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Making sense of the NBFC’s situation; What is RBI doing to support them?

What is the problem?

The main problem is the NBFC crisis appearing over the market where the issues at hand are:

1. IL&FS fiasco: IL&FS defaulted on its payment commitments and many NBFC have massive exposure to IL&FS.

2. Maturity mismatching: Loans that is taken by NBFC's have maturity mismatching; in the sense that they have carried for a shorter period of time and expanded to real estate projects for mid to long period of time. This has a guide to banks not expanding new loans to NBFC's, since they have fear about the mismatch of the asset-liability.

3. High bond yields have posed a big problem; as they make taking the loans very expensive. Liquidity Problem is essential in the economy at this point in time and investors are pressured to sell NBFC bonds at yields as high as 11-12% as seen in the case of DSP mutual fund selling DHFL bonds.

While higher costs of funds will affect the margins and growth for the sector as a whole, the effect would be particularly pronounced for a while.

What is RBI doing about the conditions?

RBI kept the status quo unchanged by do not changing the rate of interest in its recent MPC meeting to support NBFC’s.

RBI keeps an eye to watch the NBCF's situation and is taking up all the estimations to support NBFC’s indirectly rather than directly providing a bailout to their “parent” IL&FS. It has already defined that NBFCs should depend more on equity and long-term financing for funding long-term assets alternatively of the current bond and short term financing via commercial papers. In its latest circular, RBI allowed:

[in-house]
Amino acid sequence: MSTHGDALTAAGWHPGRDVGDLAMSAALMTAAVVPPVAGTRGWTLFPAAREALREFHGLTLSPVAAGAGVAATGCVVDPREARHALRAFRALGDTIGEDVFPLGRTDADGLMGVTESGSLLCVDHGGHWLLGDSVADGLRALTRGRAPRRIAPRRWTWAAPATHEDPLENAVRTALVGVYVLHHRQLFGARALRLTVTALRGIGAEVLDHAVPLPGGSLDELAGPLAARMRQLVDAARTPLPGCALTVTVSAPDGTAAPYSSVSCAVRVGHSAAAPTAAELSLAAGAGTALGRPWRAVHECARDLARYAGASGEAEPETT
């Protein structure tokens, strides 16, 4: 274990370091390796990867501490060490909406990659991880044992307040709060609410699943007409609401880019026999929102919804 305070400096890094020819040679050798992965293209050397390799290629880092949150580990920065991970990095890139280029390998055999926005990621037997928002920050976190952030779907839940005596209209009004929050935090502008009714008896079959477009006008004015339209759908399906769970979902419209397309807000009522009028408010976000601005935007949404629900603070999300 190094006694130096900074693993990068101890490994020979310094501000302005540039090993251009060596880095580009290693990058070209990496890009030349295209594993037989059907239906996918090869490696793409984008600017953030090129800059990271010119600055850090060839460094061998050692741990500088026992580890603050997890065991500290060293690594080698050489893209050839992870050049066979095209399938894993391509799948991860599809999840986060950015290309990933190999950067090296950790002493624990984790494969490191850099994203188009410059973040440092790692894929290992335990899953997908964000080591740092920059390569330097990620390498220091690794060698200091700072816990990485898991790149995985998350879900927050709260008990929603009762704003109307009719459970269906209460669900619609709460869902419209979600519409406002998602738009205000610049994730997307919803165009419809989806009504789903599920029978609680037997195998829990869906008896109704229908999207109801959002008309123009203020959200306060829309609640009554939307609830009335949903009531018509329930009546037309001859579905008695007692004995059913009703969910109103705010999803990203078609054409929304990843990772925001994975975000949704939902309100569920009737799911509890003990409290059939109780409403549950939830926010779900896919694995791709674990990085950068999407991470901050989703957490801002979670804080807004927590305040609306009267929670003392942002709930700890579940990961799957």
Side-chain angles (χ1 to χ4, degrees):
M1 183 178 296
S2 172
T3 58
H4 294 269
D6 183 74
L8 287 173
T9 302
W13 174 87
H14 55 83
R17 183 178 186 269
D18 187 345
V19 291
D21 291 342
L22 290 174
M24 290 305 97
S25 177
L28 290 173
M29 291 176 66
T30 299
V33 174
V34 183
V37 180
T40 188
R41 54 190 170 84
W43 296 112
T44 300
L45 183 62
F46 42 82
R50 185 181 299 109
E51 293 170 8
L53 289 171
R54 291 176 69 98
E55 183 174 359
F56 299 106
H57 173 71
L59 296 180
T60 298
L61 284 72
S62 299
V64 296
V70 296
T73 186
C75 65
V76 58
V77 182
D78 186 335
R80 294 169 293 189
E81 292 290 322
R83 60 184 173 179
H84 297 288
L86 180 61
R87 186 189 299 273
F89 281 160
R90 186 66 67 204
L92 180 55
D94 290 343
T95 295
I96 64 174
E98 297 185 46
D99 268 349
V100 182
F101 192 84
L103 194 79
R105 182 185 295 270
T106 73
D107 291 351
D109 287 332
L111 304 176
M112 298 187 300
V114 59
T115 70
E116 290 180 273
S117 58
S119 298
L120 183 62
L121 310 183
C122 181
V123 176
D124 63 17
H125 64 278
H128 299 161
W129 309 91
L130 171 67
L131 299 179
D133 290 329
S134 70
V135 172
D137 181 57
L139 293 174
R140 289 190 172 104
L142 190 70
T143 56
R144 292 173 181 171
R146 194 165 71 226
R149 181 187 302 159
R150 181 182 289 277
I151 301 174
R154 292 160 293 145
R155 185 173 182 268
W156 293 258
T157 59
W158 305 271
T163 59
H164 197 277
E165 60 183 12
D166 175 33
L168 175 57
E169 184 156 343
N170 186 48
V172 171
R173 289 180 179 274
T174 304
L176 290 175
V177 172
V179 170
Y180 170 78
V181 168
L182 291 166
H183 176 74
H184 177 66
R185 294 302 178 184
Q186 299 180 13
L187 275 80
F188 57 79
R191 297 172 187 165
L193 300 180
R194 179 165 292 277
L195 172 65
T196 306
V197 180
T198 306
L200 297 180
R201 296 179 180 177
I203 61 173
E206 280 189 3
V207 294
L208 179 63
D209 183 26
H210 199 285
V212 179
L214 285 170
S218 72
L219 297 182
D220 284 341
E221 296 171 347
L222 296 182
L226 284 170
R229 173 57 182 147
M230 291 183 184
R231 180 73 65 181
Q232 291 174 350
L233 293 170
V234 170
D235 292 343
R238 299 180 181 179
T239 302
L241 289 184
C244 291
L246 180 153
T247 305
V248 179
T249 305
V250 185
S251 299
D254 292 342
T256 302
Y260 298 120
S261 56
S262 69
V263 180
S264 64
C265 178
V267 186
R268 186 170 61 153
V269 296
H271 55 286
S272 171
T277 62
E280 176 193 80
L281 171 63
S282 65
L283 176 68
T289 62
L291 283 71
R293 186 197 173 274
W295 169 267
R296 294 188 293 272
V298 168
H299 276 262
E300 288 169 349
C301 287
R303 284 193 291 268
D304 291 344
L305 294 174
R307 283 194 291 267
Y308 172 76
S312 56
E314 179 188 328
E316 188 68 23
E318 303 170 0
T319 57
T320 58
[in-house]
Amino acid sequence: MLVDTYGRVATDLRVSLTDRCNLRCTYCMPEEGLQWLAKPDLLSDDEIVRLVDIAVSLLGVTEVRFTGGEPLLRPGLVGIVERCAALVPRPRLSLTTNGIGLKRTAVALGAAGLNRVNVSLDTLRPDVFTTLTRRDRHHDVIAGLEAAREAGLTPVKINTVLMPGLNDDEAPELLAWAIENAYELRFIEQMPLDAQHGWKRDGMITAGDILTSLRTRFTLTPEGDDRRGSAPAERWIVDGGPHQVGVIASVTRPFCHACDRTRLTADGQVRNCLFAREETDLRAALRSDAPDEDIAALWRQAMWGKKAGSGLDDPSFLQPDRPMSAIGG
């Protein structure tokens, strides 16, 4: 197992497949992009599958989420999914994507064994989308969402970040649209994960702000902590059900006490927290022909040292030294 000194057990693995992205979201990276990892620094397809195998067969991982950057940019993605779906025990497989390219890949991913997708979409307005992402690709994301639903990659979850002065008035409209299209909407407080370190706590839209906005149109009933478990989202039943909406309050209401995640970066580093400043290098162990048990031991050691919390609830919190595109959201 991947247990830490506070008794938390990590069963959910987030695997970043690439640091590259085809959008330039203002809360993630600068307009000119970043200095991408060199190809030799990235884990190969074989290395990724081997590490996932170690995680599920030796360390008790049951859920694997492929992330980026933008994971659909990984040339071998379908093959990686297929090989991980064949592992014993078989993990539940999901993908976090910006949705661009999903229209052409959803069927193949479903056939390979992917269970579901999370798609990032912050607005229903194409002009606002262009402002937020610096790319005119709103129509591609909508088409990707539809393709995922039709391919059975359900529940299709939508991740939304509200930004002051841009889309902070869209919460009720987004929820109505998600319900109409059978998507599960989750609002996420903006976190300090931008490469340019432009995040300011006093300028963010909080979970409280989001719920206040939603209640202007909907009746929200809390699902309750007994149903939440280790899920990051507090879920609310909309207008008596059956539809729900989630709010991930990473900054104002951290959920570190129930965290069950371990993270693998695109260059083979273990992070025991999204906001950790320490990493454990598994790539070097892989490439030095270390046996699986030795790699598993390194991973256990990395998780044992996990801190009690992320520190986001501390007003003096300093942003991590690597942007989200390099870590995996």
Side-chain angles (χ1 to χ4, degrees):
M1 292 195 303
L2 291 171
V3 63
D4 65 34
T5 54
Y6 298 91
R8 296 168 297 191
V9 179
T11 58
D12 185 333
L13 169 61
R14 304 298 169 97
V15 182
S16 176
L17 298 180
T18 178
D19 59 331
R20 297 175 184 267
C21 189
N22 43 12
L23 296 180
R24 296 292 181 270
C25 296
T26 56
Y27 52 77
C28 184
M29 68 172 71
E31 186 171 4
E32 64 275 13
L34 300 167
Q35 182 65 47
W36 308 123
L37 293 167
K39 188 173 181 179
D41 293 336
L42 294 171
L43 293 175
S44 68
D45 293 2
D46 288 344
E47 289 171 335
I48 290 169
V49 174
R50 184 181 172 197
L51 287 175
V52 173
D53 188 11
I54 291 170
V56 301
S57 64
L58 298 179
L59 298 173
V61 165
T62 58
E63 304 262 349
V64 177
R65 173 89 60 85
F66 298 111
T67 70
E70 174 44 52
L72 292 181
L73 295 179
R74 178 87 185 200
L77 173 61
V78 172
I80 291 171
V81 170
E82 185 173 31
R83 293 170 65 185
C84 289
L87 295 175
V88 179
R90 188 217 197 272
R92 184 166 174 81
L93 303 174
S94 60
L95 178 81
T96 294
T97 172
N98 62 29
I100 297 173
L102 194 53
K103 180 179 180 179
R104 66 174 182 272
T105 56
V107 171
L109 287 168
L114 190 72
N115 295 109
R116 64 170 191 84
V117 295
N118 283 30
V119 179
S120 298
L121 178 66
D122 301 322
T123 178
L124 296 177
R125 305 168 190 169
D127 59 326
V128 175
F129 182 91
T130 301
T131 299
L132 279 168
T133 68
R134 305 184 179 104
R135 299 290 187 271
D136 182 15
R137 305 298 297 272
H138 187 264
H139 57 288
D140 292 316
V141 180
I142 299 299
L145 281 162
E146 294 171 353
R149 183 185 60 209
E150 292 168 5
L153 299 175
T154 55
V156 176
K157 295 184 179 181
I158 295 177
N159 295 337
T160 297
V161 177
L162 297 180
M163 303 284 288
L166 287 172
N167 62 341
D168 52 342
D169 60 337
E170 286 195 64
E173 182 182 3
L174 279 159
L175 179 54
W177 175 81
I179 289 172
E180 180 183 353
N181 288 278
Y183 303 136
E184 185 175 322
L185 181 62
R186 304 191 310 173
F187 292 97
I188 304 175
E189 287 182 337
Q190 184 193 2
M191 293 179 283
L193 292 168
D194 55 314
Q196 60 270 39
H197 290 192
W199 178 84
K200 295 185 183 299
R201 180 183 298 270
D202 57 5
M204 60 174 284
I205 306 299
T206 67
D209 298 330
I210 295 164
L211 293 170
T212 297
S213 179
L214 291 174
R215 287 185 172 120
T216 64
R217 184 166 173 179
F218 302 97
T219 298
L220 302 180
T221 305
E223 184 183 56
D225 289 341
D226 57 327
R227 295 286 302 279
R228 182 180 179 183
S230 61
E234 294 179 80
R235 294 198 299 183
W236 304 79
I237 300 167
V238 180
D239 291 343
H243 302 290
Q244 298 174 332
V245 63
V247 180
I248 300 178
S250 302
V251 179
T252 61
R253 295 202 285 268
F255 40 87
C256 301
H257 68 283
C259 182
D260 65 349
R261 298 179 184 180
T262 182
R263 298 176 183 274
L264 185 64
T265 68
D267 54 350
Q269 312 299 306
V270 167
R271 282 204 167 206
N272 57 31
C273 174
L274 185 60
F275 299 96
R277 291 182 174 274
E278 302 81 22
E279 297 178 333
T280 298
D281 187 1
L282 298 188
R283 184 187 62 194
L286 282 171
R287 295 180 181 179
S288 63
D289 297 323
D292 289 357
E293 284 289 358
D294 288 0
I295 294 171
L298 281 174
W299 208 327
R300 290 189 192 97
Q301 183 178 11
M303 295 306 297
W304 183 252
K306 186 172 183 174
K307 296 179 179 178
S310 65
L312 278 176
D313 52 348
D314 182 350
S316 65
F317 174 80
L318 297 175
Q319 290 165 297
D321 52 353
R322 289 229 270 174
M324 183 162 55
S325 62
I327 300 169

1) Banks to carve out an additional 0.5% of NDTL from the ratio of statutory liquidity (SLR) securities for the computation of the ratio of liquidity coverage (LCR) for incremental lending to NBFCs/HFCs.

2) To increase their revelation to NBFCs from 10% of net worth to 15%.

Even SBI and other PSU banks notify an increase in portfolio buyout for the NBFCs. This combines with open market operations (OMO) of RBI of Rs. 360 bn and National Housing Bank (NHB) increasing its refinancing limit to Rs. 300 bn from INR240b, these are some steps we trust that will successfully decrease the commercial papers rollover risk at the system level.

What next?

The recovery of NBFC's is very important for the economy; no matter how much time it takes. The liquidity compresses holding the NBFC's and mutual funds becoming cautious of rolling over their positions which accounted for multiple subscriptions for commercial papers of NBFC and also facing some pressures for redemptions, increased serious concerns. But the steps which are taken by RBI and PSU’s should ease out a short period of time lending rollover issue for NBFC’s.

Appropriate estimations are being grabbed by RBI to cap the fall in the credit markets, though their actual effect is yet to be seen in the prices of the NBFC’s.

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